The new Sequoia is among the most statistically impressive three-rows on sale.

 

Pros

  • Huge fuel economy gains
  • Seriously improved towing capacity
  • Thoughtful and easy third-row access

Cons

  • Unsettled ride quality
  • Interior quality fails to match the price tag
  • Mushy brake pedal saps confidence

The oldest known specimen of Sequoiadendron giganteum lived for 3,266 years in the Converse Basin Grove of Giant Sequoia National Monument. That's about how long the second-generation Toyota Sequoia was on sale. OK, we're exaggerating slightly, but our first drive of the last Sequoia was published way back in November 2007, and the SUV stayed much the same during the following 15 model years that it was on sale. That is longer than double the lifecycle of most vehicles.

That SUV's age was apparent whether you looked at it, drove it, or touched it—in its sluggish transmission, ancient pre-Great-Recession-era design, pitiful fuel economy, and the generations-old switchgear and materials that littered the interior. The all-new Sequoia addresses all of those shortcomings and then some, and now that we've had a chance to stuff it full of testing equipment and spend more time behind the wheel following our first drive earlier this year, we can answer the big question: Is the Sequoia finally worth recommending to more than just the Toyota faithful?

2023 Toyota Sequoia Capstone 4x4 16

So Long, V-8

Central to Toyota's reimagined Sequoia is its new powertrain. Gone is the 381-hp, 401-lb-ft V-8 that had been under its hood for a decade and a half. It is replaced by something thoroughly modern: a 3.4-liter (not 3.5, despite what Toyota will tell you) twin-turbo V-6 augmented by an electric motor, the same i-Force Max hybrid setup offered in range-topping Tundras. System output sums to 437 hp and a stump-pulling 583 lb-ft of torque, improvements of 56 hp and 182 lb-ft over the outgoing V-8. Toyota also swapped the old Sequoia's lazy dog of a six-speed for a new, of-this-era 10-speed automatic.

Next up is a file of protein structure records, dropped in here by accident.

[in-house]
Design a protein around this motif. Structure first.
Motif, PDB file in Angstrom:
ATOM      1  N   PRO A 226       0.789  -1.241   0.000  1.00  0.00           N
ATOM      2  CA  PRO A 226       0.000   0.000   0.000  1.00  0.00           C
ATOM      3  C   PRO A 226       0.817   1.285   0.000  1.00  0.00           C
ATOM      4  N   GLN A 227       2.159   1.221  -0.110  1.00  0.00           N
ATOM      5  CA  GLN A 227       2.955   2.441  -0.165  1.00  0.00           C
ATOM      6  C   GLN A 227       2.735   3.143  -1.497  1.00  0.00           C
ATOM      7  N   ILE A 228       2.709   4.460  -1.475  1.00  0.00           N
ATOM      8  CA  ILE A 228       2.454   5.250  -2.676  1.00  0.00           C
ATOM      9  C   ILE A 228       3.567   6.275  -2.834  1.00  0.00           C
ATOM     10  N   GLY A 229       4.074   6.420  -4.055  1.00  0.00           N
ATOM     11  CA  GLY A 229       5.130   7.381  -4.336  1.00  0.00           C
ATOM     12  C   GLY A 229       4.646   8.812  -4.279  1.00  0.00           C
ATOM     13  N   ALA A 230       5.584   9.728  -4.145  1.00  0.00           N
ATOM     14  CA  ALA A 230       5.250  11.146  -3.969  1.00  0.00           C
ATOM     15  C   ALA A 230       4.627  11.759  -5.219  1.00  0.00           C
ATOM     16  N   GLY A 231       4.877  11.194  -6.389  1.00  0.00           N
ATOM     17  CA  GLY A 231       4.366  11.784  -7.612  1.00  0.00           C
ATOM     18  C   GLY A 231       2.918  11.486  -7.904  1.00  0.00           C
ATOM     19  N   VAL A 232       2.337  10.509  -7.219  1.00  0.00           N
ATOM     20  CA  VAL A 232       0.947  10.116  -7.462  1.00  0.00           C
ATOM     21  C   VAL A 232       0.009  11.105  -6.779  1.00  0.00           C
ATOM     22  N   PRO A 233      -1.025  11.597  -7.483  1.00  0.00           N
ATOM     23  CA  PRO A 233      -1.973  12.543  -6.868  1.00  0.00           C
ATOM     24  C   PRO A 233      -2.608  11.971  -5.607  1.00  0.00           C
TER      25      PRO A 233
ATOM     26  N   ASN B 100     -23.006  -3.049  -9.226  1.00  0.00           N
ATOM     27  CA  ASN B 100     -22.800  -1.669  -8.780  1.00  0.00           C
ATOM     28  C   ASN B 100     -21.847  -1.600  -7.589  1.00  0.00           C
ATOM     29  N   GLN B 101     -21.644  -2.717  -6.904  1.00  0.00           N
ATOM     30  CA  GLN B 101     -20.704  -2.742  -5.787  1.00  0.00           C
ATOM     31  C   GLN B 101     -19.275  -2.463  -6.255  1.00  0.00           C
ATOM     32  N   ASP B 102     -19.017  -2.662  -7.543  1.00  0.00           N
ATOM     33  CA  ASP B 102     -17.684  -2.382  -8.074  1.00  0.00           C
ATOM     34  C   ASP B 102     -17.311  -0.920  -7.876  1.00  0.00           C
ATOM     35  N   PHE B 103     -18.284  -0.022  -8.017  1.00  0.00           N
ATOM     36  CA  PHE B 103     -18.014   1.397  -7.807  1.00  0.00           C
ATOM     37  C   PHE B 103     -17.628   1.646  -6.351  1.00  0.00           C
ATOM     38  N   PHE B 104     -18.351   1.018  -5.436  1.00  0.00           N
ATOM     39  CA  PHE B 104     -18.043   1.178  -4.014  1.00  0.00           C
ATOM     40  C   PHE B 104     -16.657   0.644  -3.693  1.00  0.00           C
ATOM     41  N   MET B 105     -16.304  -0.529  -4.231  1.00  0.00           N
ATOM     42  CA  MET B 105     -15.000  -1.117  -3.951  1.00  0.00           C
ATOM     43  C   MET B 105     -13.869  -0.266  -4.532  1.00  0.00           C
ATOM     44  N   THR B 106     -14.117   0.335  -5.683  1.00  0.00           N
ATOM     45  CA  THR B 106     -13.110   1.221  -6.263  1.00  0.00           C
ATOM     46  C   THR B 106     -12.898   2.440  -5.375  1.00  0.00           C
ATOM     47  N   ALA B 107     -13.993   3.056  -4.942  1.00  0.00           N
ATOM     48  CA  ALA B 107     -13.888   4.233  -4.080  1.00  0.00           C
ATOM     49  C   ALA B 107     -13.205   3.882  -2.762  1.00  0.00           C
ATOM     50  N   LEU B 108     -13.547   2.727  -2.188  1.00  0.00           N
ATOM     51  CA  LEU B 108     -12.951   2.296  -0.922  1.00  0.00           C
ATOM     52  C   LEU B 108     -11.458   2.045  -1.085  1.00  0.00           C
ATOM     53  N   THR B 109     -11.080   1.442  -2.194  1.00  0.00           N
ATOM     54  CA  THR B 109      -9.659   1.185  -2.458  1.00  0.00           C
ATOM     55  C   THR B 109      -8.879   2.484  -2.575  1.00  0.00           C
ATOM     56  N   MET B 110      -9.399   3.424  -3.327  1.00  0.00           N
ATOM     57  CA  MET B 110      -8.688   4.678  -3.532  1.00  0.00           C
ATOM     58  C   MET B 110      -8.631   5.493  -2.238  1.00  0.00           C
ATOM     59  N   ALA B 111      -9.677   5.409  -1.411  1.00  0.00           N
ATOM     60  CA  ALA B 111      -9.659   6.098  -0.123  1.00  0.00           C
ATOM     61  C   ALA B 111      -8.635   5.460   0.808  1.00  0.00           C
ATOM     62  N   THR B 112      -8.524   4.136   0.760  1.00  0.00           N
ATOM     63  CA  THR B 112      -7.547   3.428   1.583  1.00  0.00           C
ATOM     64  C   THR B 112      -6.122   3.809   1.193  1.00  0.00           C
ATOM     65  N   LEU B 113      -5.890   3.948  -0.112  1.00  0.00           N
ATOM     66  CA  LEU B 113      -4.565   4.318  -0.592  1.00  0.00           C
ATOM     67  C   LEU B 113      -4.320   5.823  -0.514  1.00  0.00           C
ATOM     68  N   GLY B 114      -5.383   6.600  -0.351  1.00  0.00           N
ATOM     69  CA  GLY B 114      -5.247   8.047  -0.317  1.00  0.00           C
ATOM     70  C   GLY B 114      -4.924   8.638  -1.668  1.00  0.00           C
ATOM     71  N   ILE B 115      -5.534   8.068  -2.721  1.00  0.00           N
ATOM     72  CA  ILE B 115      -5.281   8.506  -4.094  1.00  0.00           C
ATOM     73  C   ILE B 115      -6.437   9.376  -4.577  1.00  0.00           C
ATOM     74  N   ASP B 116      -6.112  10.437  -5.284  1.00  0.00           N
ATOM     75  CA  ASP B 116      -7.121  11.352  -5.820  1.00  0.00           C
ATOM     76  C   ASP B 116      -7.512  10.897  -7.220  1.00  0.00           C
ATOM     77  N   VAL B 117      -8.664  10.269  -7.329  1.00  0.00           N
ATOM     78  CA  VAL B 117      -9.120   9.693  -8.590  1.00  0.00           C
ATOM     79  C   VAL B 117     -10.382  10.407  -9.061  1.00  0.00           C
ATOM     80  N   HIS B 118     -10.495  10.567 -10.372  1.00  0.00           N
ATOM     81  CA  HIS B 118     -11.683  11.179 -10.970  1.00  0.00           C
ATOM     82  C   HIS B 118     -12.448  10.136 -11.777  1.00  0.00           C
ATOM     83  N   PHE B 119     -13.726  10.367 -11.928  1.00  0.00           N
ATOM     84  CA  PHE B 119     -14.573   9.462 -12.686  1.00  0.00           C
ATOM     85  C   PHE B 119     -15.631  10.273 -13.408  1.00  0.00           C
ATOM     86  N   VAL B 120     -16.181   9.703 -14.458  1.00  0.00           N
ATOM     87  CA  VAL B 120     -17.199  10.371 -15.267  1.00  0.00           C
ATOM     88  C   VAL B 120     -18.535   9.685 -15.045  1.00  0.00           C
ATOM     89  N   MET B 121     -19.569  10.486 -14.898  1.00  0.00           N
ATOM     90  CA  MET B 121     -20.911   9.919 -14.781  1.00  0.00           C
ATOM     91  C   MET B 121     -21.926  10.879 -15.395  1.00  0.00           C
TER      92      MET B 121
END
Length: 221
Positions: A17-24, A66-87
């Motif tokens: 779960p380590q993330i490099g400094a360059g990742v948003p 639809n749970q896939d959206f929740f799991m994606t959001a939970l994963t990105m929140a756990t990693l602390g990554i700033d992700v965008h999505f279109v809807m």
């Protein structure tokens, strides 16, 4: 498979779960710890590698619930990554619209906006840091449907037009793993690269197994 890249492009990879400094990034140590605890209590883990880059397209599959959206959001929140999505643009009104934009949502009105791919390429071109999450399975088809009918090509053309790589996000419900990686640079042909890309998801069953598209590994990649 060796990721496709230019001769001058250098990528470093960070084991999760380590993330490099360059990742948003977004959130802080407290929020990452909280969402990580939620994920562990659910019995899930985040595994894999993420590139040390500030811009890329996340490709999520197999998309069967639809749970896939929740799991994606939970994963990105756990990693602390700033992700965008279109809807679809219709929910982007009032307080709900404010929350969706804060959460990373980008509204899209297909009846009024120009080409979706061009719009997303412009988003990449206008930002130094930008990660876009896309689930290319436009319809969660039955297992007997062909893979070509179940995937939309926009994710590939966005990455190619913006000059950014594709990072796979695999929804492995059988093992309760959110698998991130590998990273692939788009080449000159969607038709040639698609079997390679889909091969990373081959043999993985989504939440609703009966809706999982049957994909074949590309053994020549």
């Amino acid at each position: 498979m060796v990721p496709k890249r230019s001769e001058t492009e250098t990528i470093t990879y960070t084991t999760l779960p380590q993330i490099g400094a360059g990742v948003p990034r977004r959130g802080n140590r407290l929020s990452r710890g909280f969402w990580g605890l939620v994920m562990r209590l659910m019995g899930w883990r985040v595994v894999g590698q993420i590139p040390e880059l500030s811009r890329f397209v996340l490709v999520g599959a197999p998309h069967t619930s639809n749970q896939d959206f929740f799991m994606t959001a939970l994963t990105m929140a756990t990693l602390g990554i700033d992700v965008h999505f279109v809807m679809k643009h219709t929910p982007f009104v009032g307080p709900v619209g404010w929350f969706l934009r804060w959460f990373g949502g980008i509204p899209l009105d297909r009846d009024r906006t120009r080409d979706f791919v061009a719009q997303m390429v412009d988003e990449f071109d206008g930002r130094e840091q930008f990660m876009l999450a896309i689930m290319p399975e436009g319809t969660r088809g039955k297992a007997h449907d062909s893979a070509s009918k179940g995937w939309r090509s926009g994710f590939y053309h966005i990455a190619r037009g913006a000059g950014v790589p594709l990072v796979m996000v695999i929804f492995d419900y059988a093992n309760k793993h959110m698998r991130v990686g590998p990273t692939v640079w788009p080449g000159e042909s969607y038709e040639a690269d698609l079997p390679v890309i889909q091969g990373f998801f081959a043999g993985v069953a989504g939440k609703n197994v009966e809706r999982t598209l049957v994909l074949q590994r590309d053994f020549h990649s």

The results? All that extra torque means towing capacity increases by more than 2,000 pounds. The new Sequoia can now drag up to 9,520 pounds, which is at least 1,000 more than most SUVs in the full-size segment; only the 2023 Jeep Wagoneer with its new inline-six beats the Toyota.

As expected, the 2023 Sequoia is significantly quicker in a straight line than its predecessor, too. Our testing shows 0-60 mph in 5.6 seconds, more than half a second sooner than the quickest previous-gen model. The 2022 Ford Expedition's Stealth Performance package may beat it in a drag race, but so far this is the quickest full-size three-row we've ever tested.

The most significant improvement to this big SUV is its fuel economy. The old truck, with its thirsty old-school V-8 and outdated six-speed, was rated worst in its class at 13 mpg city and 17 mpg highway. With its standard hybrid twin-turbo V-6 and 4WD, the 2023 Sequoia is rated at 19/22 mpg on the same test cycles. That's significantly better than a comparable Chevrolet Tahoe, Ford Expedition, Nissan Armada, or GMC Yukon, and fractionally ahead of the aforementioned I-6 Wagoneer. Efficiency nuts will point out GM's diesel offerings fare better, but those SUVs can't match the Toyota's acceleration or towing capabilities.

2023 Toyota Sequoia Capstone 4x4 15

This efficiency (relatively speaking) is all the more surprising given how, at nearly 6,200 pounds, the Toyota is among the heaviest we've tested in this space. If it doesn't impact fuel economy, it does ding the dynamics; Toyota's largest SUV stops from 60 mph in 134 feet. Among the 15 full-size SUVs we've tested over the past five model years, only two required a longer stopping distance.

Not Just The Numbers

Of course, the new Sequoia Capstone is more than its spec sheet, and spending more time with Toyota's answer to the Tahoe and Expedition exposes some unwelcome driving behaviors. There's a persistent jiggle emanating from the rear end. Even on flat roads, the live-rear-axle Sequoia never feels planted. And, yes, this is one of the few areas in which the new Sequoia lags behind its predecessor, which came with a then-unique independent rear suspension.

Driving anything other than straight, the Toyota behemoth embodies what senior editor Aaron Gold calls "big-car clumsy." Body roll is abundant in corners and the nose dives forward under braking. Multiple staffers also called out major shudders through the body structure when driving the Sequoia over washboard sections of an off-road course.